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Math Help - Finding a limit?

  1. #1
    Newbie RangerKimmy's Avatar
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    Finding a limit?

    The problem:

    Find the limit as h→0 for (e^(2+h)-e^2) / h

    I really have no idea how to do this.
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  2. #2
    Super Member Failure's Avatar
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    Quote Originally Posted by RangerKimmy View Post
    The problem:

    Find the limit as h→0 for (e^(2+h)-e^2) / h

    I really have no idea how to do this.
    Consider this:
    \lim_{h\to 0}\frac{e^{2+h}-e^2}{h}=\lim_{h\to 0}\frac{e^2(e^h-1)}{h}=e^2\cdot\lim_{h\to0}\frac{e^h-1}{h}

    Have you seen the remaining limit \lim_{h\to0}\frac{e^h-1}{h}=\lim_{h\to0}\frac{e^h-e^0}{h} before?
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  3. #3
    MHF Contributor harish21's Avatar
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    Quote Originally Posted by RangerKimmy View Post
    The problem:

    Find the limit as h→0 for (e^(2+h)-e^2) / h

    I really have no idea how to do this.
    As h->0, you get \frac{0}{0}

    Use L'Hopital's rule

    The derivative of the numerator is:

    \frac{d}{dh} (e^{2+h} -e^2) = \frac{d}{dh} (e^2 \times e^h - e^2) = e^2.e^h-0=e^{2+h}

    and the derivative of the denominator is \frac{d}{dh} h = 1

    by L'hopital's rule , you then have:

    \lim_{h->0} \frac{e^{2+h}}{1}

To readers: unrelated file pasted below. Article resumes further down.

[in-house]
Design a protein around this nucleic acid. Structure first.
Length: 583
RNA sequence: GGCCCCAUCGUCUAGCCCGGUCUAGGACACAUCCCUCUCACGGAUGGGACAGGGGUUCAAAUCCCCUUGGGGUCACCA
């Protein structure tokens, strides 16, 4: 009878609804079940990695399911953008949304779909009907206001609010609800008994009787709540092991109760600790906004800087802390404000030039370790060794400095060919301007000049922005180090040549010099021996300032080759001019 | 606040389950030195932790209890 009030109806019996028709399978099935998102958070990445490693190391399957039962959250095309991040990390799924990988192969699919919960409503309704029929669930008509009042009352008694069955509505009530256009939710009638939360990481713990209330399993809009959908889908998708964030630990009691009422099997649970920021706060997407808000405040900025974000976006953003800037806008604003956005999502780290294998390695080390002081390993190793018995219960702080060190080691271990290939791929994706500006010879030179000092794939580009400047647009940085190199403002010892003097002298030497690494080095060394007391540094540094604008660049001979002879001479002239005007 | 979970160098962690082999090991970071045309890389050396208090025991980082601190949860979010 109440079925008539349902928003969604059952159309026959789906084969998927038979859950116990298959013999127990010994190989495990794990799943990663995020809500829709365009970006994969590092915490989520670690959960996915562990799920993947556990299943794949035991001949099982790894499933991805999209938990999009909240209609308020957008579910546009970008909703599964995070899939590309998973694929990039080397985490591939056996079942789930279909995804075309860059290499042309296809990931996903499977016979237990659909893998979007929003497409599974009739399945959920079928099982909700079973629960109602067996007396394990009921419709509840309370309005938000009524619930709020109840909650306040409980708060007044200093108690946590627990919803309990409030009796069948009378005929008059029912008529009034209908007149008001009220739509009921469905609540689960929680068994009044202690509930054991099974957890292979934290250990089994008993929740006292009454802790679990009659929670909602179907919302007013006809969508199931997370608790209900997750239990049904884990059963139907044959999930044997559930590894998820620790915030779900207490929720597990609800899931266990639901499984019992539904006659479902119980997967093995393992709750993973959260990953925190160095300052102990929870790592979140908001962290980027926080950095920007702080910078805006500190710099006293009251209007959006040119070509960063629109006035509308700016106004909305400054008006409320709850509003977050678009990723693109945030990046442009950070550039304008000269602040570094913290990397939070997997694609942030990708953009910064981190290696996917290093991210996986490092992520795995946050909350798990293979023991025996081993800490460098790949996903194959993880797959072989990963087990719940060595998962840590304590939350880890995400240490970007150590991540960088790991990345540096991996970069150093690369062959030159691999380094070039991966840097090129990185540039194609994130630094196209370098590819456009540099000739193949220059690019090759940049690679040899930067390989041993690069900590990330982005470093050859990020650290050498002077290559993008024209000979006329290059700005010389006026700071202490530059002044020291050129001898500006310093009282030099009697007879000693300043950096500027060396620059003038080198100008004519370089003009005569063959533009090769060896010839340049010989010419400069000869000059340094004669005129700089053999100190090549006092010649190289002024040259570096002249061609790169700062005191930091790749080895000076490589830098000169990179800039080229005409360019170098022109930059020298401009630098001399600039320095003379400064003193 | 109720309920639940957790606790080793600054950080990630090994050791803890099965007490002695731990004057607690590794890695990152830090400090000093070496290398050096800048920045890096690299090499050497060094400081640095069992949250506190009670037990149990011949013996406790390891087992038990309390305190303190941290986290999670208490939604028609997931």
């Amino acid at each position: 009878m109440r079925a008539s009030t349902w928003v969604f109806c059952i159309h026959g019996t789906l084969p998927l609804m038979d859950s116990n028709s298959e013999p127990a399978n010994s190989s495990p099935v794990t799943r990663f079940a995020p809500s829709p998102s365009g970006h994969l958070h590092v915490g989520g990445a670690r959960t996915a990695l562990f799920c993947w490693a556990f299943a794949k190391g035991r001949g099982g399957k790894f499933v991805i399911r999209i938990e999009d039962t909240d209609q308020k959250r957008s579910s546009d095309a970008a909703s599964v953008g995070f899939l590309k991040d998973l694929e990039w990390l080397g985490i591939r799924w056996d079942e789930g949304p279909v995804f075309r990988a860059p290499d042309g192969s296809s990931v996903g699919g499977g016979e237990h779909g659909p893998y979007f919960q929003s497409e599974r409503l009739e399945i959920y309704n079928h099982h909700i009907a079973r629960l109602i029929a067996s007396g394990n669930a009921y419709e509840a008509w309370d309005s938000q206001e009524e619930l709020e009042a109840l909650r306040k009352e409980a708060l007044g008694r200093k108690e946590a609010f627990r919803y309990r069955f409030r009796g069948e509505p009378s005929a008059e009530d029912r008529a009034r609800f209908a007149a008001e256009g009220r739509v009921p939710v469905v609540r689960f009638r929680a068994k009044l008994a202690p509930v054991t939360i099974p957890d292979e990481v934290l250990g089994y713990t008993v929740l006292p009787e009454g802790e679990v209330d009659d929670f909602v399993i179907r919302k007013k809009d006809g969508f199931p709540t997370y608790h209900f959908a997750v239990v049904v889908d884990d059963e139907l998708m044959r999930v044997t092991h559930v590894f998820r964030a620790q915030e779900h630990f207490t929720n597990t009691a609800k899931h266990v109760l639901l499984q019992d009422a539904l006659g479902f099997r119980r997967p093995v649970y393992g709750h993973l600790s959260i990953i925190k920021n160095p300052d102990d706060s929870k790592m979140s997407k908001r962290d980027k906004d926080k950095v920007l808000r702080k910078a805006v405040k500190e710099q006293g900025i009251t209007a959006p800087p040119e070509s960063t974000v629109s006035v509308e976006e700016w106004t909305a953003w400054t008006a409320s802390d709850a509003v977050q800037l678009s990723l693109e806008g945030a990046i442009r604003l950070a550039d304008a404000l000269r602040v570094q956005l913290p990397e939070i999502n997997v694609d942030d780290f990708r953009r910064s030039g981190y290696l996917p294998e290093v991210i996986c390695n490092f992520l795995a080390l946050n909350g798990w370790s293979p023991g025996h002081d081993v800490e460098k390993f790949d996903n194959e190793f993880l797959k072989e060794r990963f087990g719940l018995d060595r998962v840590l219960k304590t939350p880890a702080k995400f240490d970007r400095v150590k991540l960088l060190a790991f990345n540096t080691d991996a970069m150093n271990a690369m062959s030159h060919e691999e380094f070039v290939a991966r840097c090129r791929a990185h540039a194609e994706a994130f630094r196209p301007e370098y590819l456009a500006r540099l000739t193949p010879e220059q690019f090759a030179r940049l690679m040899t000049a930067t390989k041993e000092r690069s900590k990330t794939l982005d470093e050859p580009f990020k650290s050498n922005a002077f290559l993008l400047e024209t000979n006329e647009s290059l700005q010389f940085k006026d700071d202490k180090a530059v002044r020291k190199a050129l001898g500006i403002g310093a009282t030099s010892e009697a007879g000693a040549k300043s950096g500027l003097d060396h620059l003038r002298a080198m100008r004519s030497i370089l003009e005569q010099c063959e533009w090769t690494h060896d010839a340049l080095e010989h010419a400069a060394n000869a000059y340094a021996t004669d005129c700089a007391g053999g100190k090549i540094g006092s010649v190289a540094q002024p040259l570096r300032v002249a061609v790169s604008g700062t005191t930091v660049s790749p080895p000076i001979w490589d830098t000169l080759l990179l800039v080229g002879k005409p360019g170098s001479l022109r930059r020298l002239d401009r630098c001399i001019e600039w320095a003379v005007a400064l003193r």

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  4. #4
    Newbie RangerKimmy's Avatar
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    Quote Originally Posted by Failure View Post
    Consider this:
    \lim_{h\to 0}\frac{e^{2+h}-e^2}{h}=\lim_{h\to 0}\frac{e^2(e^h-1)}{h}=e^2\cdot\lim_{h\to0}\frac{e^h-1}{h}

    Have you seen the remaining limit \lim_{h\to0}\frac{e^h-1}{h}=\lim_{h\to0}\frac{e^h-e^0}{h} before?
    I follow what you have done.
    However, if that limit is something I should already know, then no, I haven't seen it before. Does it equal 1?
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  5. #5
    Super Member Failure's Avatar
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    Quote Originally Posted by RangerKimmy View Post
    I follow what you have done.
    However, if that limit is something I should already know, then no, I haven't seen it before. Does it equal 1?
    Well it's the slope of the tangent of the curve y=e^x at the point (0,1), that is: the limit of the slope of the secant with one fixed point in (0,e^0)=(0,1) and the other point moving towards that fixed point ( h\to 0).
    Yes, this limit has the value 1.
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  6. #6
    Newbie RangerKimmy's Avatar
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    Quote Originally Posted by Failure View Post
    Well it's the slope of the tangent of the curve y=e^x at the point (0,1), that is: the limit of the slope of the secant with one fixed point in (0,e^0)=(0,1) and the other point moving towards that fixed point ( h\to 0).
    Yes, this limit has the value 1.
    Ohhh. Okay, thanks! This has helped tremendously!
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